« EelmineJätka »
CONTENTS OF VOLUME XXX.
China, England, and Opium. By the Hon. Mr. Justice Fry
Pedigrees and Pedigree-Makers. By Edward A. Freeman, D.C.L., LL.D.
Beer, and the Temperance Problem. By Dr. Charles Graham
The Contest of Church and State in Italy. By James Montgomery Stuart
Piracy in Borneo, and the Operations of July, 1849. By the Right Hon. W. E.
Virgil, as a Link between the Ancient and Modern World. By Julia Wedgwood
The Transcendental Movement and Literature. By Edward Dowden, LL.D..
Essays and Notices:-The Black Diary, 334-A Group of Memoirs, 336-On
The Tuileries and the Vatican. By James Montgomery Stuart
The Horse as an Instrument of Gambling. By Louis Henry Curzon
The Trial of Jesus Christ. By Alex. Taylor Innes. I. The Hebrew Trial
Neglected Aspects of the Drink Question. By A. M. Gray
The Relation of the English People to the War. By Edward A. Freeman, D.C.L.,
Fosays and Notices:-Rus in Urbe, 511-The Text of Shelley's Poems, 514—Mr.
The Scientific Movement and Literature. By Edward Dowden, LL.D..
The Pantheistic Factor in Christian Thought. By the Rev. Richard F. Little-
The Last Hundred Years of French History. By A. Gallenga
The Newest Thing in Journalism. (Signs of the Times, No. I.) By
On the Divine Guidance of the Church. By the Bishop of Salisbury
The Gospel of John and Modern Criticism. By Professor Beyschlag, of Halle. I. 769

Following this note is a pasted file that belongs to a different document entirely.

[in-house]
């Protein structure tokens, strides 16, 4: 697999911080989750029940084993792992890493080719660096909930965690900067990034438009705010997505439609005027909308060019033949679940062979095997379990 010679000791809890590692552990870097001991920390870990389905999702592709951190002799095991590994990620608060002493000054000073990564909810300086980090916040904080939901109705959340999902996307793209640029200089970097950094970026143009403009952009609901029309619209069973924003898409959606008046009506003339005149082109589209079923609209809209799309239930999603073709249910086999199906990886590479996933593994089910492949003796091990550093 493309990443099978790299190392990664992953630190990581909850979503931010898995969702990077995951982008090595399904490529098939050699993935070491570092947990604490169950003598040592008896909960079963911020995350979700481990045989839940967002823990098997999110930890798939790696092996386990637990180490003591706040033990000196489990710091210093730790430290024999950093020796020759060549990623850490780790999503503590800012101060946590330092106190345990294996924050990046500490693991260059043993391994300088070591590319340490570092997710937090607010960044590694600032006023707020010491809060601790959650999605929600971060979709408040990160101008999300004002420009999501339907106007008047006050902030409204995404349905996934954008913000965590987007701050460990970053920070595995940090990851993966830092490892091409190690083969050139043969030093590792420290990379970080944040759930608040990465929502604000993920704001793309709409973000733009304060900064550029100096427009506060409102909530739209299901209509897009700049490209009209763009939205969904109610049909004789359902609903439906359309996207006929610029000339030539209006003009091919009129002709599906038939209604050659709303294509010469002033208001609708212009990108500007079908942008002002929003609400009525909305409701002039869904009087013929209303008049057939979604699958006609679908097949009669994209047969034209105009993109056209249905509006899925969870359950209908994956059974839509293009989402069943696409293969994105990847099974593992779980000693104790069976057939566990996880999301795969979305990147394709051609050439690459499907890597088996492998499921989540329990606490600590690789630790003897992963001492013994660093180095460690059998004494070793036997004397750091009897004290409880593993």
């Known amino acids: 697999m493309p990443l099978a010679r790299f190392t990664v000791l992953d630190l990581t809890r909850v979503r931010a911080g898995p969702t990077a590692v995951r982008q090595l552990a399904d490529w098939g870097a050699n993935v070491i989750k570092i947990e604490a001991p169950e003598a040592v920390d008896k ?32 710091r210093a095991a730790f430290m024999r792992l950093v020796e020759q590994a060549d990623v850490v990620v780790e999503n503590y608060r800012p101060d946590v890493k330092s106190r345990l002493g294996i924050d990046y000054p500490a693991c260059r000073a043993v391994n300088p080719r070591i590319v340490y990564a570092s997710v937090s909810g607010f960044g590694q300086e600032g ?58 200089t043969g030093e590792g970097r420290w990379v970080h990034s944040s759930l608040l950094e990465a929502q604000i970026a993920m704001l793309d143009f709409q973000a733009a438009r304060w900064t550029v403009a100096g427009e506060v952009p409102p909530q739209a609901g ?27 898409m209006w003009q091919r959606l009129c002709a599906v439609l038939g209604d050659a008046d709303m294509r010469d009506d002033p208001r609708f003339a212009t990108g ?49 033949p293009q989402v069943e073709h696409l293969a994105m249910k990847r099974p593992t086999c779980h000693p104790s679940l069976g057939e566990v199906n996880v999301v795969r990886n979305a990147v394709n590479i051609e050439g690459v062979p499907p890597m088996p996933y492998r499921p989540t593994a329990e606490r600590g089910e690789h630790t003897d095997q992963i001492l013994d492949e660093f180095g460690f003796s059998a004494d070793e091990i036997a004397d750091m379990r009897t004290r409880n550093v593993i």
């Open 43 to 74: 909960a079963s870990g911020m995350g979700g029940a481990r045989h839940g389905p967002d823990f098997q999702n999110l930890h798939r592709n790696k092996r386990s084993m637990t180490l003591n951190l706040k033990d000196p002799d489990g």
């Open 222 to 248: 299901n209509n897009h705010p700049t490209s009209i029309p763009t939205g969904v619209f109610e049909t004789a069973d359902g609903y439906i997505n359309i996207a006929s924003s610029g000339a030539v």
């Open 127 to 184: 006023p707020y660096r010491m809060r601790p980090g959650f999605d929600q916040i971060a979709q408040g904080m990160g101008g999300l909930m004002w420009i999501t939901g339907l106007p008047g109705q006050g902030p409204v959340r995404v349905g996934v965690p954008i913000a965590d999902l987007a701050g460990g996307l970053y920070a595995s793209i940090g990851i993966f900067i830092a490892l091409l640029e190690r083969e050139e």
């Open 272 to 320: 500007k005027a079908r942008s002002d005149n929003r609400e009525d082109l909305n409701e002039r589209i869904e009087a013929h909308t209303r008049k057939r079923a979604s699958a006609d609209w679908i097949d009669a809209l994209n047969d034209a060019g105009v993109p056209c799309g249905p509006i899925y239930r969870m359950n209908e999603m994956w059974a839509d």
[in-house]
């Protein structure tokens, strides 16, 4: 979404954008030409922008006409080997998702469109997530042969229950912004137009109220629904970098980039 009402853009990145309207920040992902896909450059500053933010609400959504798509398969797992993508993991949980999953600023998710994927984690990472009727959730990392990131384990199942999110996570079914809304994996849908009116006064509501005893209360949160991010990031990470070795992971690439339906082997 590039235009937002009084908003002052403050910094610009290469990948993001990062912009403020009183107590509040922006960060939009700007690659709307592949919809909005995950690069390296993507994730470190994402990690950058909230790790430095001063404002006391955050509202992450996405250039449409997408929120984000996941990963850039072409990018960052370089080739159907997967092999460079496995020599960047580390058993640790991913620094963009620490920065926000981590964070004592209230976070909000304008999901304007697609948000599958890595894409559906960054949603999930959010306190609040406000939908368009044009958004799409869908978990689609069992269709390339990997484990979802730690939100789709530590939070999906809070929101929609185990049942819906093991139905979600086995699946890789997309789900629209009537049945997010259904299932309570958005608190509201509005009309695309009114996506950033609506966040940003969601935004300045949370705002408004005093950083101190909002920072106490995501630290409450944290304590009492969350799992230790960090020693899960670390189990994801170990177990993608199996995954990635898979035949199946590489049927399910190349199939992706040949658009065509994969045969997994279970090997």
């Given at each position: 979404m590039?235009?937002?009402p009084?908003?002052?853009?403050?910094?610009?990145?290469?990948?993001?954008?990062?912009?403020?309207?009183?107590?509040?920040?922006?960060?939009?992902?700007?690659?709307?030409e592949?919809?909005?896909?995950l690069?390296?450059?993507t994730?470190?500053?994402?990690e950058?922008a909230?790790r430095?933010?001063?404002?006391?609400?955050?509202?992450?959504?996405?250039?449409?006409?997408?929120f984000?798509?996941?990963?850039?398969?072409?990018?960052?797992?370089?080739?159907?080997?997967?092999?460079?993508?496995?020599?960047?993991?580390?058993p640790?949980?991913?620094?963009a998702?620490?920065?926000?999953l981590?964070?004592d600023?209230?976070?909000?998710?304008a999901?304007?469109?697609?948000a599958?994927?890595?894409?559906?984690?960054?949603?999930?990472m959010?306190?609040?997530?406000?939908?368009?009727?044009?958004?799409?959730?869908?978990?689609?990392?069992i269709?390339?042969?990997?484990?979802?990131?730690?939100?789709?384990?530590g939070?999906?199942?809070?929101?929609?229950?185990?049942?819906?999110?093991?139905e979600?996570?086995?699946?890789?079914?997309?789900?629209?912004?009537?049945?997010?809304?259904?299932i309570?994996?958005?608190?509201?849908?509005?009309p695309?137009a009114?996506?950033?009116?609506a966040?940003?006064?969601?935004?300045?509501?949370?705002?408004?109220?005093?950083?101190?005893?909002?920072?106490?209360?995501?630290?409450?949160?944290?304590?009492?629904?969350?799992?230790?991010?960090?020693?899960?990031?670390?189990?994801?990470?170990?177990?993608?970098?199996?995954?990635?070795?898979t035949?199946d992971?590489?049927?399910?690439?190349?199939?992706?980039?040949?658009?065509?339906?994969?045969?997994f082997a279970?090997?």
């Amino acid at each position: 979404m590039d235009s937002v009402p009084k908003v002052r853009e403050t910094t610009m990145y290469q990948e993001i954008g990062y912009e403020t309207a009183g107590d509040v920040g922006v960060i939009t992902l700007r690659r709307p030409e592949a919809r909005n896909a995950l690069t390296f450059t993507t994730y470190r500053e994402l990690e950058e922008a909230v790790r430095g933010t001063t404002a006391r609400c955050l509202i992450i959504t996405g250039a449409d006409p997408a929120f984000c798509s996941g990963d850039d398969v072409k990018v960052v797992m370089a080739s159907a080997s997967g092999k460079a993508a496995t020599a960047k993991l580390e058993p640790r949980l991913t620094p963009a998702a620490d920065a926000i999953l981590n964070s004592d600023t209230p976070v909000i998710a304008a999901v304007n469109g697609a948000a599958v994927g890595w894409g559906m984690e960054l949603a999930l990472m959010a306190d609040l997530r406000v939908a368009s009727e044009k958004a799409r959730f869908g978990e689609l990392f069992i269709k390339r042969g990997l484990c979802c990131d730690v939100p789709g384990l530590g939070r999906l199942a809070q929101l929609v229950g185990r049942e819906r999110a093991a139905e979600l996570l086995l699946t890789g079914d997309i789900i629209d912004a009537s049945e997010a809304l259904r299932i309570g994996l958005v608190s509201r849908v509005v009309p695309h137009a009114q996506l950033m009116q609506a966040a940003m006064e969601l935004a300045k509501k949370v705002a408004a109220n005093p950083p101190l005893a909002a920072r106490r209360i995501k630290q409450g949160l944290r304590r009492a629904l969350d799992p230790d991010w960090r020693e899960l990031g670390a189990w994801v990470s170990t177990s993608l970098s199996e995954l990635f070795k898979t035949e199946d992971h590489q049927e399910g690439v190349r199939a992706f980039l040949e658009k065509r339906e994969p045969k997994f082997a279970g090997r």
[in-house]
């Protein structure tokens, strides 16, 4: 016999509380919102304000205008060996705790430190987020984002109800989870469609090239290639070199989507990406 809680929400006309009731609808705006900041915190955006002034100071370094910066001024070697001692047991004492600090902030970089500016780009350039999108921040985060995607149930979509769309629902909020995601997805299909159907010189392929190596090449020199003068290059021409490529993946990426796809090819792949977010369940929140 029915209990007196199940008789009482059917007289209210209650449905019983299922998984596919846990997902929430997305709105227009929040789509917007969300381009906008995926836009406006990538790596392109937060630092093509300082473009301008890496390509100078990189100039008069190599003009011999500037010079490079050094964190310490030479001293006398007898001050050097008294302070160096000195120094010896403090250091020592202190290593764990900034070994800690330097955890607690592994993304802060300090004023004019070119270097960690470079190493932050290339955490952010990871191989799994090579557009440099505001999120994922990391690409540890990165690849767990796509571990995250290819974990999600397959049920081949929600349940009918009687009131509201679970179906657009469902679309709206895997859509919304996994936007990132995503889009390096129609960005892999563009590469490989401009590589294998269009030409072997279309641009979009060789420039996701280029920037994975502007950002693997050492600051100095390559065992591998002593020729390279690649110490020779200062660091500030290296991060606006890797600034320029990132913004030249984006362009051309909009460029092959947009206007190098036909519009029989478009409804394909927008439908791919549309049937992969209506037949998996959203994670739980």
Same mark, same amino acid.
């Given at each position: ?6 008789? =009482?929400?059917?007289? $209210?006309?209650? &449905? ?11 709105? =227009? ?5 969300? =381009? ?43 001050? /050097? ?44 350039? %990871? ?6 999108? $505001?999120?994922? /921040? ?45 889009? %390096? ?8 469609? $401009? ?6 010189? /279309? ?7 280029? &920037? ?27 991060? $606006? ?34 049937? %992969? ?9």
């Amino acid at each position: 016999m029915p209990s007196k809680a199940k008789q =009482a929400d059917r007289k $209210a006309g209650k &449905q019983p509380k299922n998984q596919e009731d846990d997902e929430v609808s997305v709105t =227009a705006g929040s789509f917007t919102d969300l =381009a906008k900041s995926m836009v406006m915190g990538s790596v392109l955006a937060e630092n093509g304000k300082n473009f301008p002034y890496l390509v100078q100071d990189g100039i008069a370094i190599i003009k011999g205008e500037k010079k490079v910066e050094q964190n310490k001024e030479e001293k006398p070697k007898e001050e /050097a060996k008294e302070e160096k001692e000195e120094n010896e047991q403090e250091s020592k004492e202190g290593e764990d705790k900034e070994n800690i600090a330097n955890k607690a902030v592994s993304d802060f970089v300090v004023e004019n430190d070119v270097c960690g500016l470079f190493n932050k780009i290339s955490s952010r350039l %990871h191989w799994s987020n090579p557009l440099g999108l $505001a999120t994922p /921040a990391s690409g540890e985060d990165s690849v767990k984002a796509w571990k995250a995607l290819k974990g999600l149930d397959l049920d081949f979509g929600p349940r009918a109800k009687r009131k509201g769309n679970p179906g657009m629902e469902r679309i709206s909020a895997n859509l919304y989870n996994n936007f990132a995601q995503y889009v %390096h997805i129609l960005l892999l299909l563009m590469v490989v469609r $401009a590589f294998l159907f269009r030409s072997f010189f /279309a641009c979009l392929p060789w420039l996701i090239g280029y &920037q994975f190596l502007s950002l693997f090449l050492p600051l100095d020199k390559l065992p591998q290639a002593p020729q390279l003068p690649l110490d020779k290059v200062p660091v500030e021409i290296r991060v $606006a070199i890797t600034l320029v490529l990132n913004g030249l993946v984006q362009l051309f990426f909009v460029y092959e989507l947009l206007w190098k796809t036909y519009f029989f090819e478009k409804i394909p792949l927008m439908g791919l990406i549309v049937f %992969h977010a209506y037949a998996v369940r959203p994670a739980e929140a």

The Poetic Interpretation of Nature. By Alfred Austin
Republic, 1098-Principal Tulloch and Mr. Stopford Brooke, 1100-Mr.
The Gospel of John and Modern Criticism. By Professor Beyschlag, of Halle. IL
CHINA, ENGLAND, AND OPIUM.
IN February, 1876, I asked the attention of the readers of this REVIEW to some points in the relations of this country and China, which appeared to me to call for serious thought. Since then, Parliament has twice met; a debate on China has taken place; the Margary difficulty has been surmounted; and still, through all, most of the public instructors preach pleasant things to us English people as to our dealings with China. They still tell us that we have always behaved and are behaving well; and that whenever anything goes wrong, the blame should rest not on us at all, but solely on the perfidious Chinese. There is no need, as one of our daily papers expressed it, that we should "put on sackcloth and do penance for the policy we have pursued." Nevertheless there are not wanting signs that our conscience is not quite at ease as regards our dealings with China.
Sir Charles Dilke's paper in the October (1876) Macmillan is a severe indictment of the conduct of our merchants in China, and of our Government in its dealings with that of Pekin. The Spectator, which has not been over sensitive on the sin of our opium trade, is somewhat startled by Sir Charles's conclusion, that our high-handed dealings with China are destroying our influence and driving her into the arms of Russia (Spectator, 7th October, 1876). Still more significant are the admissions made by the responsible Ministers of the Crown, as regards the opium trade. Lord Salisbury, ever abounding as much in courage as in talent, did not attempt, in his interview with the deputation on the subject (21st February, 1876), to vindicate the opium monopoly on principle. "I feel," he said, "that there are inconveniences of principle connected with it which would have prevented any Government